Review: Asphyx “The Rack” [Century Media Records]

Review: Asphyx “The Rack” [Century Media Records]

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Score 70%
Starting point
70 %
User Rating : 4.6 (1 votes)

Long-lasting doom/death metal veterans Asphyx were one of the earliest bands from Holland that slowed the hell down once speeding up became the norm. Quickly joined by Martin van Drunen, The Rack represents the start of a band that would release many albums to come. That’s quite a different take than the bands that would just release one record before vanishing into oblivion. I won’t name anyone here, but you should know who I’m talking about.

Asphyx has never settled for the slow atmospheric take of Winter and clearly different from the romantic doom/death metal variant, it’s easy to see why death metal fans are fond of them. In other words; this band wouldn’t be a bad band to start with once you’re on your quest to discover doom/death metal. However, I can’t be the only one who’s able to tell that the band was just starting out at this point. The Rack is simplistic alright, but simplicity should never result into a plodding bore and that’s something I’m partially reminded of every time I spin this album. The slower bits rarely make my skin crawl; more often revealing a lack of creativity with their lazy progressions, whereas the faster sections sound more energetic, if not too original for 1991’s standards. This may not result into filler songs, but it does result into filler moments and that’s my main issue about The Rack. ‘Diabolic Existence’ eventually turns into this slow and lifeless track of nothingness once it slows down and although the parts in between sound hot and heavy, I’d rather not bother with tracks that are partially well-written. ‘Evocation’ sounds like an improvement at first, with a nasty riff that repeats itself at the start and I’m also fond of the mid-paced death metal motives halfway through. Yet again, the track loses its appeal once it slows down; making it hard to sit through the entire thing.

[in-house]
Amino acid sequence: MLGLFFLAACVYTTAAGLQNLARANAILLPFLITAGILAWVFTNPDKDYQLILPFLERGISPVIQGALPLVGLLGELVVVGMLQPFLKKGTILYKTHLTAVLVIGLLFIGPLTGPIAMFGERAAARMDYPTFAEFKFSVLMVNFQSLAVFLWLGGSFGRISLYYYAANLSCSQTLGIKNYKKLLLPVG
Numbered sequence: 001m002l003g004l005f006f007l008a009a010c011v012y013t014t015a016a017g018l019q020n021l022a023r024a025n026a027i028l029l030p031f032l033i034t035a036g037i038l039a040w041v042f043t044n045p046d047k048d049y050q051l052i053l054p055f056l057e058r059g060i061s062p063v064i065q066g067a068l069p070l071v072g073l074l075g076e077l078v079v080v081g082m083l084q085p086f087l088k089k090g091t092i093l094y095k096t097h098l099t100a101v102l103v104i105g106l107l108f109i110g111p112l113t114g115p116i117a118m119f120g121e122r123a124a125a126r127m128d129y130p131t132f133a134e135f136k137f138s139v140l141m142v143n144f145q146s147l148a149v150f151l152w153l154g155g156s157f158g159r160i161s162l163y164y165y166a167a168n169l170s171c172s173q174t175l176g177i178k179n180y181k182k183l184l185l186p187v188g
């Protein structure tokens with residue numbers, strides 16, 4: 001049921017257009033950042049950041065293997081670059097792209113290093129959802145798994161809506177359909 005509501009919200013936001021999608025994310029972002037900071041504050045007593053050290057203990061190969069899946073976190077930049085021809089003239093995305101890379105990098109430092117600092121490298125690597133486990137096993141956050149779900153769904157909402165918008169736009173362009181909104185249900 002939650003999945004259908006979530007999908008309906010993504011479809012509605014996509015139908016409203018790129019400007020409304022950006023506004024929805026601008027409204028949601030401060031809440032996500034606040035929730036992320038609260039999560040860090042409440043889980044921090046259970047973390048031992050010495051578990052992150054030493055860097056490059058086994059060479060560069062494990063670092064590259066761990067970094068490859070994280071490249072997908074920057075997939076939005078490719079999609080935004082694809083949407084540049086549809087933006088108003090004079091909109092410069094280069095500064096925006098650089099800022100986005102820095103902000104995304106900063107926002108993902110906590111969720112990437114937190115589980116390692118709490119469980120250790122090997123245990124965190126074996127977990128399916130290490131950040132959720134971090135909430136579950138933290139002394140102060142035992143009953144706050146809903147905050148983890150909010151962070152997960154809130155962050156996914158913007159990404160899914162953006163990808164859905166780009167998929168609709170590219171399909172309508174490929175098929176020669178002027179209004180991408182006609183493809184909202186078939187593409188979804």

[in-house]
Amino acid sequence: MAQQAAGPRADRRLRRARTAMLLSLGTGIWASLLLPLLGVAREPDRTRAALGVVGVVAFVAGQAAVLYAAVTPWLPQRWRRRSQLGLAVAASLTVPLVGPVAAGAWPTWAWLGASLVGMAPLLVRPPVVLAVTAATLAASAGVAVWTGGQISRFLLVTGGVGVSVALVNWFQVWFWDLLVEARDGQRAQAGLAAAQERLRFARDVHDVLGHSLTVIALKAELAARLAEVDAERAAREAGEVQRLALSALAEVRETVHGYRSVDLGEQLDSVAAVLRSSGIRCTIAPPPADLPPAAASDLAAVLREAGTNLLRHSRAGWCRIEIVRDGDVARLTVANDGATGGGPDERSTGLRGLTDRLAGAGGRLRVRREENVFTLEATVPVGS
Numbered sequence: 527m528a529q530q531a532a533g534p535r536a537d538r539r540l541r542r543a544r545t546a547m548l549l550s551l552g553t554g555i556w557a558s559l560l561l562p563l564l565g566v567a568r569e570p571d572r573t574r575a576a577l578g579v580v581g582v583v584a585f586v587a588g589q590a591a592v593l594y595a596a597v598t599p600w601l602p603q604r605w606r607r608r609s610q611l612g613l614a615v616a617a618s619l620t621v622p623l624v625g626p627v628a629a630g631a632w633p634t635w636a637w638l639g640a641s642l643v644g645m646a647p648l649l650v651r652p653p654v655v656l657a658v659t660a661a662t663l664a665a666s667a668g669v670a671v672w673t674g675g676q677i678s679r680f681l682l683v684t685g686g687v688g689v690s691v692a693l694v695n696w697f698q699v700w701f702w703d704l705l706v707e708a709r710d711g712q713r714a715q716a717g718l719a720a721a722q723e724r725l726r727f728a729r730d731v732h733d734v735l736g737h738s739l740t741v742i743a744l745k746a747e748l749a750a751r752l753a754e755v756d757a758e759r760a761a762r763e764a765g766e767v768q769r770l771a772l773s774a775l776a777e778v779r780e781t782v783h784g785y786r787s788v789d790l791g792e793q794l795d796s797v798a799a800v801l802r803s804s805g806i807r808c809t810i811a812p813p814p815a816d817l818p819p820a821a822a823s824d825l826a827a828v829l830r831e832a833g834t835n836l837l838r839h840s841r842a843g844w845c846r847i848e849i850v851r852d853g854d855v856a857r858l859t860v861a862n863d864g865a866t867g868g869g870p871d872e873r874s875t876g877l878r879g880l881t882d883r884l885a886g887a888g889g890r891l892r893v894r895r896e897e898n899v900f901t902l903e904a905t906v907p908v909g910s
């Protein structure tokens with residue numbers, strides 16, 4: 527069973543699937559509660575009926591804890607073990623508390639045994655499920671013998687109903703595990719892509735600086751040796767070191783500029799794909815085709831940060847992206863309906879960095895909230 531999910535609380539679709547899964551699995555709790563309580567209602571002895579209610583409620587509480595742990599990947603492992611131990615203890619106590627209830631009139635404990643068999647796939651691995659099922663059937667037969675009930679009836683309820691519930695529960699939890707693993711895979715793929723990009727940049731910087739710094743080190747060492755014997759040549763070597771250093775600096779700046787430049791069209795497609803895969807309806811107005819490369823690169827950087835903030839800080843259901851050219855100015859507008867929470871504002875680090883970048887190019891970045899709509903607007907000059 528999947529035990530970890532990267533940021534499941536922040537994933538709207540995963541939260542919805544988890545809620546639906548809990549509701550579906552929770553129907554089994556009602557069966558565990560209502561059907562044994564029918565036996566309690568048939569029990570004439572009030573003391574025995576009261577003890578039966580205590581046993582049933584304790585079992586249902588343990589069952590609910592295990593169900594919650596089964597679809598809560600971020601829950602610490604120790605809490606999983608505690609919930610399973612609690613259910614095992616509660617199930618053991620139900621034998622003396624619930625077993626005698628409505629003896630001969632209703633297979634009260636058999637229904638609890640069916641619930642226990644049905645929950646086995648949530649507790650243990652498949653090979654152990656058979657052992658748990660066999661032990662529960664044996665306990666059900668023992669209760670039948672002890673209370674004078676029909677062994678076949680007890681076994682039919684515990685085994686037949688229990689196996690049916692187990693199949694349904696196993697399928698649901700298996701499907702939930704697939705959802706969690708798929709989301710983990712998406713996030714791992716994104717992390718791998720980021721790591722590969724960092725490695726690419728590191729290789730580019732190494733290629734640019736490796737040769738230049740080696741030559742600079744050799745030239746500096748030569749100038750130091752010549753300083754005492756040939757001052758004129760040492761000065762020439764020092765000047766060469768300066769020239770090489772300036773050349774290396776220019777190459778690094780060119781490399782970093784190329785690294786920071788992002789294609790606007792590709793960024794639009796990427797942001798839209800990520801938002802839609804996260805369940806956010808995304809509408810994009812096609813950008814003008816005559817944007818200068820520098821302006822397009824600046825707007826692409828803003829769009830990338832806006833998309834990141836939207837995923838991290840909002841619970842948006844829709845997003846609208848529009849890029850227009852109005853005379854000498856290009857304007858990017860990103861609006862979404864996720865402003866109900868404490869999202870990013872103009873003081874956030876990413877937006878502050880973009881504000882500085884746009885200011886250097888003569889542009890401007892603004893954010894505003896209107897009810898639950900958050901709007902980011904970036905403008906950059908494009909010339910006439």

It’s annoying, because once the highlights make The Rack worth revisiting at least. ‘Vermin’ introduces a whirlwind of a death metal riff and from here, alternates between some military-marching chugs and Celtic Frost-esque stomps. It makes a good introduction, but things become even filthier and more effective, once The Rack progresses. ‘Wasteland of Terror’ is a surprisingly brief, yet effective assault that features some of the most sickening guitar grooves between the decent slower and violent faster bits. ‘The Sickening Dwell’ briefly makes progress without any sense of direction, but quickly picks up with a thundering guitar rhythm and some striking riffs that follow. ‘Pages in Blood’ conjures a feeling of hopelessness at first, only to take these weird twists and turns with some jammed out riffs spreading out of the hellish void. Most amusing of all, Asphyx somehow manage to pull off a nine-minute long album finale with conviction and based on the inferior cuts, this almost seems too good to be true. Functioning as a summary of the band’s strengths, the tune finds the ideal balance between vicious riffs that resemble landscapes of the hellish inferno and atmospheric bits of substance; resulting into a perfect introduction for a doom/death metal newcomer.

Writing-wise, The Rack isn’t that great, but I should admit that you can’t beat two of its main features. Martin van Drunen’s howls of agony sound absolutely sickening and whereas they appear in a completely different musical environment than that of early Pestilence, they work just as well as here as they did with that band. Oh, and who could forget that distinctive guitar tone? It sounds like a flamethrower that has been made by zombies who plan on using this as their weapon to conquer earth.

While the aforementioned features are an obvious plus and certain tracks leave a lasting impression behind, The Rack marks the start of a band that was rather inexperienced at this time. It’s decent in the end, but records such as Last One on Earth and On the Wings of Inferno are quite superior.

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